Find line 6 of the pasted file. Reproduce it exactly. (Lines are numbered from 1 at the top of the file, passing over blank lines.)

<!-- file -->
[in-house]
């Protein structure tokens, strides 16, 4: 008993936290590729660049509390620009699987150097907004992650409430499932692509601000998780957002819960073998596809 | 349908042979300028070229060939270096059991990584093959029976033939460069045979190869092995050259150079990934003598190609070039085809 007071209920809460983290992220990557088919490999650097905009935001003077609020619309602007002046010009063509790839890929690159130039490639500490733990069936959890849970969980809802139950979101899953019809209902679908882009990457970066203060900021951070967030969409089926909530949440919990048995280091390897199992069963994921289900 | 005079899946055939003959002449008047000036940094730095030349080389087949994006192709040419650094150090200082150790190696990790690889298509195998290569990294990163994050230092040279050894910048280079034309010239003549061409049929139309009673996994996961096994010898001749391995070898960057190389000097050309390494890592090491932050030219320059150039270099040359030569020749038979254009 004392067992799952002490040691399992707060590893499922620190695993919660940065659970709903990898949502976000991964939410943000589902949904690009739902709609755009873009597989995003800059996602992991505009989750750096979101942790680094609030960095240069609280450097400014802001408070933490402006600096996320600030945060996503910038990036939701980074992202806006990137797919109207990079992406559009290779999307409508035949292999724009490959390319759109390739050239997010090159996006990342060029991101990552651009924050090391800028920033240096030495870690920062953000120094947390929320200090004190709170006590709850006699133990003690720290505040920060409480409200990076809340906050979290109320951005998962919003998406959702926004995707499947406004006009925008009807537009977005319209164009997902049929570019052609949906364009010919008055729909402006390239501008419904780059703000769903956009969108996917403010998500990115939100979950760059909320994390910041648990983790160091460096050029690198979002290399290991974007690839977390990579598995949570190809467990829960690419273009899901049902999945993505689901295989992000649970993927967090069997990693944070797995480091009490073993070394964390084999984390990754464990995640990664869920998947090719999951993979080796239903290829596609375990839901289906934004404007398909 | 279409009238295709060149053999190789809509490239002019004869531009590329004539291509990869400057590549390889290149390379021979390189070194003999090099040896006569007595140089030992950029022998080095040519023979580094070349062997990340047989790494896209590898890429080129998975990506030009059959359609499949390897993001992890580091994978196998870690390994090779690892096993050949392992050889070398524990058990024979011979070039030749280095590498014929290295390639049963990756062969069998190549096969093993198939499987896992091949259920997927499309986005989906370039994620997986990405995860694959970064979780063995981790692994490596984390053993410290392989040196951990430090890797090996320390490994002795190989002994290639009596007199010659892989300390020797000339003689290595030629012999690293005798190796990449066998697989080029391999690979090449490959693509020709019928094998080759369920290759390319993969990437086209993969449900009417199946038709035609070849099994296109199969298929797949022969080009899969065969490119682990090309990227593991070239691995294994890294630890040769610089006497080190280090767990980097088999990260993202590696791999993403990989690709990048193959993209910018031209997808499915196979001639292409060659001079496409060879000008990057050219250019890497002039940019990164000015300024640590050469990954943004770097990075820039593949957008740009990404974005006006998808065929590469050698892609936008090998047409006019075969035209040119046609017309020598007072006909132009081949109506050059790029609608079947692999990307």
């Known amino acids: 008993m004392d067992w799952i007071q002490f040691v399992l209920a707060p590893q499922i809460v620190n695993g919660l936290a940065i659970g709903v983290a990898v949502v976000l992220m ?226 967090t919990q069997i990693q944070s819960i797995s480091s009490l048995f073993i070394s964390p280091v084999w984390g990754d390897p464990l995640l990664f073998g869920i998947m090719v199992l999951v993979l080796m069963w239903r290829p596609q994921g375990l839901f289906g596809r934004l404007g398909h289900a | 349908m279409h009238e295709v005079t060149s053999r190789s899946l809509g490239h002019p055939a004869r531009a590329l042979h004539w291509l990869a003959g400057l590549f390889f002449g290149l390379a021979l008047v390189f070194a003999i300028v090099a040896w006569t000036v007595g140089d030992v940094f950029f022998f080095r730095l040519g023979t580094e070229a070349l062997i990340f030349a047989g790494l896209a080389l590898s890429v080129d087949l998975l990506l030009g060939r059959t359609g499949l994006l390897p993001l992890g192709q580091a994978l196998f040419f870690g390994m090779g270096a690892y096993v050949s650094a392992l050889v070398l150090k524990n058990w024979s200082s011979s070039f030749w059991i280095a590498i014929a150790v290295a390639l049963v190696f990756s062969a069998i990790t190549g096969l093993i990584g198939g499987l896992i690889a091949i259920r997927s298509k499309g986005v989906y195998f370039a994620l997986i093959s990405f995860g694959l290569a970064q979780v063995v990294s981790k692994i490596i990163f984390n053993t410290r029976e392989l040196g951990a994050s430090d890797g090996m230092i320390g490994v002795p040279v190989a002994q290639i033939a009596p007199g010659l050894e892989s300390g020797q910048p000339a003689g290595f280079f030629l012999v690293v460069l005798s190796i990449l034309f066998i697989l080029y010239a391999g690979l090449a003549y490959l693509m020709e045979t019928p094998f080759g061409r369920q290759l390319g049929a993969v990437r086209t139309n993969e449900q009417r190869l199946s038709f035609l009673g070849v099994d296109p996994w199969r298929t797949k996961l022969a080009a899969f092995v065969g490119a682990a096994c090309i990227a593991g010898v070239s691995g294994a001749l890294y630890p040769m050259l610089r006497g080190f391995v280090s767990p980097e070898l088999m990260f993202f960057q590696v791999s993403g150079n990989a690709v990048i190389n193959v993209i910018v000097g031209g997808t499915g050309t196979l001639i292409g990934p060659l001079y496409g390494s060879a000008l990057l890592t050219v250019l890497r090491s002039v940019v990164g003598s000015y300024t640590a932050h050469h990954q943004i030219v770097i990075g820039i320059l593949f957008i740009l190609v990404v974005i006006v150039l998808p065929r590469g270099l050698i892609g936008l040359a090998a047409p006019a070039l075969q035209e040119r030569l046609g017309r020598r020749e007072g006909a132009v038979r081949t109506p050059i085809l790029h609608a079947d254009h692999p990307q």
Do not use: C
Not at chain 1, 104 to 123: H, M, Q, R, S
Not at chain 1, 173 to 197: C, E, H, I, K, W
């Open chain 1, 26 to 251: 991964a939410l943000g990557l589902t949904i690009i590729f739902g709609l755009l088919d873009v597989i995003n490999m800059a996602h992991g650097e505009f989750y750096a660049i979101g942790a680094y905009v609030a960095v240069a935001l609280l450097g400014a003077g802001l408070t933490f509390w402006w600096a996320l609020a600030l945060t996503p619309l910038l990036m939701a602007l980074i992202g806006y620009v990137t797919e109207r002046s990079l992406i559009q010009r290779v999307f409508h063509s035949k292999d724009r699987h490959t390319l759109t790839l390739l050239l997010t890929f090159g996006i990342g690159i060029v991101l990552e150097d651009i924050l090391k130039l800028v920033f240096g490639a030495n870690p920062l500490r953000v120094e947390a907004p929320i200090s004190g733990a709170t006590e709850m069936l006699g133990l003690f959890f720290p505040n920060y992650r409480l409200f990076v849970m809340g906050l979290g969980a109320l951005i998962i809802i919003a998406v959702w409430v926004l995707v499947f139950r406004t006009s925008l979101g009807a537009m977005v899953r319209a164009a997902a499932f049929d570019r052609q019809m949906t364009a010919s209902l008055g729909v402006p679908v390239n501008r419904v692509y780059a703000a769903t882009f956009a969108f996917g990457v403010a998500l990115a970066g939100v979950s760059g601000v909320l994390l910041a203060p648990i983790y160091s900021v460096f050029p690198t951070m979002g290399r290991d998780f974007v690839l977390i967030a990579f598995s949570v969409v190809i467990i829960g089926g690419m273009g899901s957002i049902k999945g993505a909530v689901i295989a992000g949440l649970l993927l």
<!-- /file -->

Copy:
Not at chain 1, 173 to 197: C, E, H, I, K, W